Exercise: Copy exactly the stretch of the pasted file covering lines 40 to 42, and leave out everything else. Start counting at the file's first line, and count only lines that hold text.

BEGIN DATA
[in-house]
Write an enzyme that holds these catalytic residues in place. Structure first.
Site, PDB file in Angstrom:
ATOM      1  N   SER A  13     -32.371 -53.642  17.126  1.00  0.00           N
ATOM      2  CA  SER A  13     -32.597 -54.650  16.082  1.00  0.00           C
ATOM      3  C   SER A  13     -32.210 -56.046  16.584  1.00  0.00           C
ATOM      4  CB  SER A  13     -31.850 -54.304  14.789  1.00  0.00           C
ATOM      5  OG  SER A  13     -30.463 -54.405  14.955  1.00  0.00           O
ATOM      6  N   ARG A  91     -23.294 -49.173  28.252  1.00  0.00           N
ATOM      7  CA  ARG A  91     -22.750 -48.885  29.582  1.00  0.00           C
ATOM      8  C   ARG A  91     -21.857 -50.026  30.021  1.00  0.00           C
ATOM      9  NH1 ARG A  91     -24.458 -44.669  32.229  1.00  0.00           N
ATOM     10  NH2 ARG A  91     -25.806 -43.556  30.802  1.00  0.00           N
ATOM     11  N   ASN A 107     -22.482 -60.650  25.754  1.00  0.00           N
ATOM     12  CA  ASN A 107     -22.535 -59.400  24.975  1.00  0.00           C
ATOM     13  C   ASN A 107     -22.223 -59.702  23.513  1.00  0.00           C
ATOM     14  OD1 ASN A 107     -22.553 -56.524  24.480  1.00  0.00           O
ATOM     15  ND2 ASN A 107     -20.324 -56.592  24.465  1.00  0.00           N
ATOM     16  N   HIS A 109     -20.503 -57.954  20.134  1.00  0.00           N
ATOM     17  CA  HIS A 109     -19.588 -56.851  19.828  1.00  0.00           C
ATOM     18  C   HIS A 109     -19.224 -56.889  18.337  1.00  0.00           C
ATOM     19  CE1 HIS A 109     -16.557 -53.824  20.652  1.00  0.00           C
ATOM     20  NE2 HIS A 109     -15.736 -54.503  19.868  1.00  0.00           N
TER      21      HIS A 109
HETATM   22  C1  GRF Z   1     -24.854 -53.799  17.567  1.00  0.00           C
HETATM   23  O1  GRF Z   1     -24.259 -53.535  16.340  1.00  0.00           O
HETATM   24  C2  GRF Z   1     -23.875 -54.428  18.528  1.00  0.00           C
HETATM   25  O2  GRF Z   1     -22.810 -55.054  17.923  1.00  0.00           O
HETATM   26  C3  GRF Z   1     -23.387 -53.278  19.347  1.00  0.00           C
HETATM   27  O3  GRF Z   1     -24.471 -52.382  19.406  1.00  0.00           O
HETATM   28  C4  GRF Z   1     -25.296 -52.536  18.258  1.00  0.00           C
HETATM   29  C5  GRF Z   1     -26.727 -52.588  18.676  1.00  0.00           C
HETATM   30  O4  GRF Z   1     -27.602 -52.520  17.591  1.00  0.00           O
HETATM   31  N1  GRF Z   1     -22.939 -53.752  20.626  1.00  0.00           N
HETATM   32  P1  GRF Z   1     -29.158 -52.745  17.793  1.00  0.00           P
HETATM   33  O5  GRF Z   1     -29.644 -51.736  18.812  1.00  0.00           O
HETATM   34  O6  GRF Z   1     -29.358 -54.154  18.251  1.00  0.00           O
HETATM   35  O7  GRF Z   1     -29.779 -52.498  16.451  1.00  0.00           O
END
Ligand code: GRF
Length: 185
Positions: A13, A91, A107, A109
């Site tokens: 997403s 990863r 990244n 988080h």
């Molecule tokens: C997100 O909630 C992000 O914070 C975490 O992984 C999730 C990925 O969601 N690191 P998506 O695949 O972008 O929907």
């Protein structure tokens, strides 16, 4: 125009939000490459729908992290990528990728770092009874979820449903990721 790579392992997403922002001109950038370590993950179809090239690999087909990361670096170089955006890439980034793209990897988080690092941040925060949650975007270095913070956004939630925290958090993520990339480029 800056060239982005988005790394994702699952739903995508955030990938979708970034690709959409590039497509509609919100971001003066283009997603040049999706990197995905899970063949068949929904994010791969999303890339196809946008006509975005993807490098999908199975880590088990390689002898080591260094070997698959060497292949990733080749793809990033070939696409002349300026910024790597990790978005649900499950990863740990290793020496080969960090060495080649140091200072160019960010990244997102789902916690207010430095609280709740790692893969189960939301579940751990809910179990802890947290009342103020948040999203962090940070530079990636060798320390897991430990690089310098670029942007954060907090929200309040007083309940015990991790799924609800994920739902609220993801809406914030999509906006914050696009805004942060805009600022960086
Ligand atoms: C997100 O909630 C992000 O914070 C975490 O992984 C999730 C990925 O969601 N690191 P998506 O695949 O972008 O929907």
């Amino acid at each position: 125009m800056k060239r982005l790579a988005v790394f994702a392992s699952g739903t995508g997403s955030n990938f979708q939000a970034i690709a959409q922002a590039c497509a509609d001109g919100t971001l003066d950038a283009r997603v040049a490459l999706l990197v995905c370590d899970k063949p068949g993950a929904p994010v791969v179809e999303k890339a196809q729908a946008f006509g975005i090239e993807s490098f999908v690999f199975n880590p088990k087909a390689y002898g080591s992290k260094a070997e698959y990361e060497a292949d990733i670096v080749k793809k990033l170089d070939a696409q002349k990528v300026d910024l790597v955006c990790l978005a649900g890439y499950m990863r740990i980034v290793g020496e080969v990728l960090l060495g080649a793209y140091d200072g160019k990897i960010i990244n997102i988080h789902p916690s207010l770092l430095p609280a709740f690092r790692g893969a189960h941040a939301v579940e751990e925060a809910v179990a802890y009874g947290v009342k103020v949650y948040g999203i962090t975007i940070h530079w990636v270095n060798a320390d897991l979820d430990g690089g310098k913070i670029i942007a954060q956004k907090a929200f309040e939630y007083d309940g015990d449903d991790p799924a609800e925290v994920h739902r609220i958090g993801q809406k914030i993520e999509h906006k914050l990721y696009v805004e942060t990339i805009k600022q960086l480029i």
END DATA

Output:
Ligand code: GRF
Length: 185
Positions: A13, A91, A107, A109